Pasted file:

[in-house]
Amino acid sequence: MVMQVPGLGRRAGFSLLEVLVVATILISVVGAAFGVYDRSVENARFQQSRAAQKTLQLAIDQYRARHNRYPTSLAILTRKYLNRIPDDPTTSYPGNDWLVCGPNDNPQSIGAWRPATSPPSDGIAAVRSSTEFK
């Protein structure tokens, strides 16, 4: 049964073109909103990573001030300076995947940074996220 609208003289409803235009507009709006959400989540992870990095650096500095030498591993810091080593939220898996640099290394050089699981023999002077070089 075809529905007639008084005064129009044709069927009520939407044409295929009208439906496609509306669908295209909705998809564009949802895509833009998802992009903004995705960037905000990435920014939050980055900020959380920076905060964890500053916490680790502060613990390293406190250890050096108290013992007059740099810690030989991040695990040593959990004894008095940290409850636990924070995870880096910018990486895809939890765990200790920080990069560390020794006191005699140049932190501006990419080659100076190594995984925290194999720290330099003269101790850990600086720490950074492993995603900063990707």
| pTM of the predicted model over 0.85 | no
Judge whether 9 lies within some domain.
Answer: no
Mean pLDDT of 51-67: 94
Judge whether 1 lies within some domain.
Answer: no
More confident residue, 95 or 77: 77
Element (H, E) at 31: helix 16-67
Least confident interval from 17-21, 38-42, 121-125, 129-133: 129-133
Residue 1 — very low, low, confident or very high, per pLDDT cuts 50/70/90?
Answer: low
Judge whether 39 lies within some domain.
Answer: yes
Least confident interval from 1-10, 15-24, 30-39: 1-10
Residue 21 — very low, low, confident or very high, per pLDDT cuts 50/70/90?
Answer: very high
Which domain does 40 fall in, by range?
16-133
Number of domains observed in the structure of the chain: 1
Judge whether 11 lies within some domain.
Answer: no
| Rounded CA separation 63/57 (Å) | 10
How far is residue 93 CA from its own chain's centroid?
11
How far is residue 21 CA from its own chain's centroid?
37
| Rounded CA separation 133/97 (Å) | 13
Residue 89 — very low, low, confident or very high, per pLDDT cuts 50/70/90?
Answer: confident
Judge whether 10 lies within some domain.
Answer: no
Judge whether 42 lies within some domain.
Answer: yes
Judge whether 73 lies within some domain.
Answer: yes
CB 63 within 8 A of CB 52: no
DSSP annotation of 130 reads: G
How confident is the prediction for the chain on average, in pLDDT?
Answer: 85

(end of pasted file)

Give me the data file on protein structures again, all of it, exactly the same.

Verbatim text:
[in-house]
Amino acid sequence: MVMQVPGLGRRAGFSLLEVLVVATILISVVGAAFGVYDRSVENARFQQSRAAQKTLQLAIDQYRARHNRYPTSLAILTRKYLNRIPDDPTTSYPGNDWLVCGPNDNPQSIGAWRPATSPPSDGIAAVRSSTEFK
């Protein structure tokens, strides 16, 4: 049964073109909103990573001030300076995947940074996220 609208003289409803235009507009709006959400989540992870990095650096500095030498591993810091080593939220898996640099290394050089699981023999002077070089 075809529905007639008084005064129009044709069927009520939407044409295929009208439906496609509306669908295209909705998809564009949802895509833009998802992009903004995705960037905000990435920014939050980055900020959380920076905060964890500053916490680790502060613990390293406190250890050096108290013992007059740099810690030989991040695990040593959990004894008095940290409850636990924070995870880096910018990486895809939890765990200790920080990069560390020794006191005699140049932190501006990419080659100076190594995984925290194999720290330099003269101790850990600086720490950074492993995603900063990707």
| pTM of the predicted model over 0.85 | no
Judge whether 9 lies within some domain.
Answer: no
Mean pLDDT of 51-67: 94
Judge whether 1 lies within some domain.
Answer: no
More confident residue, 95 or 77: 77
Element (H, E) at 31: helix 16-67
Least confident interval from 17-21, 38-42, 121-125, 129-133: 129-133
Residue 1 — very low, low, confident or very high, per pLDDT cuts 50/70/90?
Answer: low
Judge whether 39 lies within some domain.
Answer: yes
Least confident interval from 1-10, 15-24, 30-39: 1-10
Residue 21 — very low, low, confident or very high, per pLDDT cuts 50/70/90?
Answer: very high
Which domain does 40 fall in, by range?
16-133
Number of domains observed in the structure of the chain: 1
Judge whether 11 lies within some domain.
Answer: no
| Rounded CA separation 63/57 (Å) | 10
How far is residue 93 CA from its own chain's centroid?
11
How far is residue 21 CA from its own chain's centroid?
37
| Rounded CA separation 133/97 (Å) | 13
Residue 89 — very low, low, confident or very high, per pLDDT cuts 50/70/90?
Answer: confident
Judge whether 10 lies within some domain.
Answer: no
Judge whether 42 lies within some domain.
Answer: yes
Judge whether 73 lies within some domain.
Answer: yes
CB 63 within 8 A of CB 52: no
DSSP annotation of 130 reads: G
How confident is the prediction for the chain on average, in pLDDT?
Answer: 85